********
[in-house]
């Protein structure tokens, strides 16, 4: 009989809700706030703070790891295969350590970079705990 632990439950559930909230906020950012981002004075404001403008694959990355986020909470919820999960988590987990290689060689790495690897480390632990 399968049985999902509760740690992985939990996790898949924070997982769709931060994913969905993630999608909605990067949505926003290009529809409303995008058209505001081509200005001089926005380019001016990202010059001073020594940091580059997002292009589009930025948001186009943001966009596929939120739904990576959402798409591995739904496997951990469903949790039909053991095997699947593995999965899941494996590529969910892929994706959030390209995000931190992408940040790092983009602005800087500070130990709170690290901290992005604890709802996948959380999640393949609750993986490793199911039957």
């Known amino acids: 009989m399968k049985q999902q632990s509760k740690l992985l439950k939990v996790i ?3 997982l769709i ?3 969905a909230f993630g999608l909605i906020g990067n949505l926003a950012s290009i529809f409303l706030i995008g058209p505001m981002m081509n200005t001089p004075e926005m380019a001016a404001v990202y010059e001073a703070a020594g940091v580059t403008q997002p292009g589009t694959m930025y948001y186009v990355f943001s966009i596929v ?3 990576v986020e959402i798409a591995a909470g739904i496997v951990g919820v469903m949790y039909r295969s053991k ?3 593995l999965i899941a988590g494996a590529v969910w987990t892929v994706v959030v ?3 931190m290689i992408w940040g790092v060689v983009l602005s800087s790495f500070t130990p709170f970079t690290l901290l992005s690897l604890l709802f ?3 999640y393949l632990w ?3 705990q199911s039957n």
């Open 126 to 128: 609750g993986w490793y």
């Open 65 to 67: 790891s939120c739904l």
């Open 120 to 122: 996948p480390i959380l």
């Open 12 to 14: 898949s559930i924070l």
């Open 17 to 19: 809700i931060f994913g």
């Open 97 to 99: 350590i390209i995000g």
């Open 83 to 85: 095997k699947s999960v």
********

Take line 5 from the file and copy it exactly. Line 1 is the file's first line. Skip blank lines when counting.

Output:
């Open 65 to 67: 790891s939120c739904l």